Macedonia charges protesters in ‘Colourful Revolution’

Macedonians have protested against the government in up to 20 cities for more than two months.

Patrick Macedonia Colourful Revolution
Macedonians have carried out anti-government protests in 20 cities across the country [File: Patrick Strickland/Al Jazeera]

Skopje, Macedonia – When dozens of angry demonstrators ransacked the presidential office in the Macedonian capital in early April, the windows were shattered and furniture set ablaze. 

Zdravko Saveski, a 39-year-old member of the leftist Levica party’s presidential committee, insisted that he did not participate in damaging the building or the furniture.

People & Power – Macedonia: Behind the Facade

Yet he was charged with participation in a mob and destroying state property and placed under house arrest for more than 50 days during the police investigation. 

Speaking to Al Jazeera while still under house arrest earlier this month, he sipped from a mug of coffee and chain-smoked in the living room of his one-bedroom flat on the outskirts of the Macedonian capital.  

“What I did was throw an egg inside the office and burned a photo of the president,” he recalled. 

A former political science professor and trade unionist-turned-organiser, Saveski is among at least 34 demonstrators who have been dealt charges since mass anti-corruption protests broke out in early April, according to local activists. 

Because protesters have used paint-filled balloons to target government buildings and nationalistic monuments, the movement has been dubbed the “Colourful Revolution”. Marches have been held in 20 cities across the country. 

The movement draws supporters from the ethnic Macedonian majority and the Albanian minority. They have called on the government to drop charges against all demonstrators accused of vandalising public property or destroying cultural heritage sites. 


The latest unrest was triggered by President Gjorge Ivanov’s decision to issue pardons to 56 people – politicians and their confidantes – under criminal investigation.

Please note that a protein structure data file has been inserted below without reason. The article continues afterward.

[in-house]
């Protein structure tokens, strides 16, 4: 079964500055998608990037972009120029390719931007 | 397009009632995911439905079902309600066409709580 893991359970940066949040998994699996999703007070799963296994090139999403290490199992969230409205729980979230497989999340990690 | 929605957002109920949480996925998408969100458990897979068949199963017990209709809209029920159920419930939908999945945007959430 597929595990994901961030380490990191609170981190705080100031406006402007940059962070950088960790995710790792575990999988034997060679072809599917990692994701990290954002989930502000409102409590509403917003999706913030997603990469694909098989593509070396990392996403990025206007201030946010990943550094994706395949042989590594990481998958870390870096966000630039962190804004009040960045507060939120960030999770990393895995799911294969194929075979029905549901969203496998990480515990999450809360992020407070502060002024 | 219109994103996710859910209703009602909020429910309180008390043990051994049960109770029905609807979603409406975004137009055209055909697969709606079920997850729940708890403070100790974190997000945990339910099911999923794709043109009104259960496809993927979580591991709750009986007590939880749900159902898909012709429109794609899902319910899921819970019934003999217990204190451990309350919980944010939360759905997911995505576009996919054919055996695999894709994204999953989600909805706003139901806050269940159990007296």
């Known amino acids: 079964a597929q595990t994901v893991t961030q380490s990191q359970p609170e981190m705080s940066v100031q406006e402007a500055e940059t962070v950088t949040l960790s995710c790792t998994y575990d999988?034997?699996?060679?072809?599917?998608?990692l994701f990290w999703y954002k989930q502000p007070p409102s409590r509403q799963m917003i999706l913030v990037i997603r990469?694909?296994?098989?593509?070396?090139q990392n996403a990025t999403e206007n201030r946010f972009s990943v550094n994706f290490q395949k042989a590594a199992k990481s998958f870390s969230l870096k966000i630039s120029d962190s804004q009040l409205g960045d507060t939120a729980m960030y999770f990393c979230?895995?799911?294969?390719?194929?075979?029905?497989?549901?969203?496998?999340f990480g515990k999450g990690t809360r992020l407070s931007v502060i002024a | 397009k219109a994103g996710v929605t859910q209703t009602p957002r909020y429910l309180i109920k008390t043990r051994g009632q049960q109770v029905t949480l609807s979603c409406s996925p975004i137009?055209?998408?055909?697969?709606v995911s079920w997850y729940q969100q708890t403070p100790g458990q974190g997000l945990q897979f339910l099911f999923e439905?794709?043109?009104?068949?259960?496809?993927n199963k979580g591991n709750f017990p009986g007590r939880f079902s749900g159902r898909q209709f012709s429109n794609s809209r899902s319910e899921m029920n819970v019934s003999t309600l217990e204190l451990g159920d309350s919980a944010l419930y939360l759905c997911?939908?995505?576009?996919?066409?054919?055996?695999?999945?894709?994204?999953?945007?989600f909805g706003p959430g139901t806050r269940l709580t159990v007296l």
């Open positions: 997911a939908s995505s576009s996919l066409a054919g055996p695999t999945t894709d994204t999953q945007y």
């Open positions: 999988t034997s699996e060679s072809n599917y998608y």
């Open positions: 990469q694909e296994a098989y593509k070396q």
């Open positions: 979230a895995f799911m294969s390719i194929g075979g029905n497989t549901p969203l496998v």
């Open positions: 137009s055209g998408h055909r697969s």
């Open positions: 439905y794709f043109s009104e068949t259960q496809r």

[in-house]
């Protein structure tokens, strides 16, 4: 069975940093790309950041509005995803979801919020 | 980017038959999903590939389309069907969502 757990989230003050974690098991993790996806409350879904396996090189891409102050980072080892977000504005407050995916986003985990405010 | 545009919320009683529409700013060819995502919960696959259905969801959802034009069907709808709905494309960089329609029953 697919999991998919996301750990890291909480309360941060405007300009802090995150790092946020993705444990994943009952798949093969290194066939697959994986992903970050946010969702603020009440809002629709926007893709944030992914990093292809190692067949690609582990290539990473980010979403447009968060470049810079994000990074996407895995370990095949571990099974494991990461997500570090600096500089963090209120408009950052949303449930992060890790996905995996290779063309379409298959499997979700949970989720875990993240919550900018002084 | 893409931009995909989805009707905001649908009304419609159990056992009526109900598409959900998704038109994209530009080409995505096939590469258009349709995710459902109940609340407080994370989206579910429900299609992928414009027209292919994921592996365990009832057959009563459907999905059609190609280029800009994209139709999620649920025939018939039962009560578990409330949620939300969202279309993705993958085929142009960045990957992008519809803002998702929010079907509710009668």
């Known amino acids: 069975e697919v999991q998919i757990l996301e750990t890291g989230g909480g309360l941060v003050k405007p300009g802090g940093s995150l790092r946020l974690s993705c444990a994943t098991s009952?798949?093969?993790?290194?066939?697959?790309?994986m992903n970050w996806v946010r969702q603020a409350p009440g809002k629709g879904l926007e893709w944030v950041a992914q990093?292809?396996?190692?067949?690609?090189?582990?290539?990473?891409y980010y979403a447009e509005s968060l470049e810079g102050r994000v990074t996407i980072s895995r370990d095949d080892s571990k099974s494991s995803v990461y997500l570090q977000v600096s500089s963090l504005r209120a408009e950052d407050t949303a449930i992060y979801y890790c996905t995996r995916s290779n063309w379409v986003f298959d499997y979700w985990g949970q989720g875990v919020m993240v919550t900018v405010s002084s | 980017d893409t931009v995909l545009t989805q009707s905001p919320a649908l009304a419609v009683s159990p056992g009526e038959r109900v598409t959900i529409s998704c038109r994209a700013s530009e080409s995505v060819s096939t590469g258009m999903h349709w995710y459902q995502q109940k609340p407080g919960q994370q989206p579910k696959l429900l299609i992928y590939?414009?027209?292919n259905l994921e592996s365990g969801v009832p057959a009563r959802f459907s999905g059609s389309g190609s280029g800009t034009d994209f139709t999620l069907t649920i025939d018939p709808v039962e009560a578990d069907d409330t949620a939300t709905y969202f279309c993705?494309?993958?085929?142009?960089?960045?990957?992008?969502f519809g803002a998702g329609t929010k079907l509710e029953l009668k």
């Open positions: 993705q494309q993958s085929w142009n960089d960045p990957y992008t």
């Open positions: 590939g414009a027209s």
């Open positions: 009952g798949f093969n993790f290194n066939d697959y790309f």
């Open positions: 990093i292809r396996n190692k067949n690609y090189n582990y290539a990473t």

Many of them are connected to the conservative ruling party, the Internal Macedonian Revolutionary Organisation – Democratic Party for Macedonian Unity (VMRO-DPMNE). 

Home to an estimated 2.1 million people, Macedonia has pending applications in both the European Union and NATO. 

Dozens of activists have been dealt criminal charges since the Colourful Revolution protests started in April [Patrick Strickland/Al Jazeera]
Dozens of activists have been dealt criminal charges since the Colourful Revolution protests started in April [Patrick Strickland/Al Jazeera]

Under three-pronged pressure from the EU, NATO and internal unrest, Ivanov rescinded the pardons on June 6. 

Opposition leader Zoran Zaev of the Social Democratic Union of Macedonia (SDSM) accuses the government of wiretapping more than 20,000 people, including politicians, judges, journalists, NGO workers and others.

Among those initially pardoned was former Prime Minister Nikola Gruevski, who entered office in 2006 and stepped down in January as part of an EU-sponsored agreement to pave the way for elections. 

Previously scheduled once in April and later in June, elections were postponed both times by the government. 

Gruevski blamed foreign intelligence services for the wiretapping, saying that it was “fabricated”. 

With Macedonia’s political crisis deepening, Colourful Revolution supporters have issued a list of demands to the government.

‘Our strength and their failure’

In addition to demanding pardons for protesters facing criminal charges, they have called for a transitional government, the resignation of the president and transparent measures toward democratic elections, among other demands.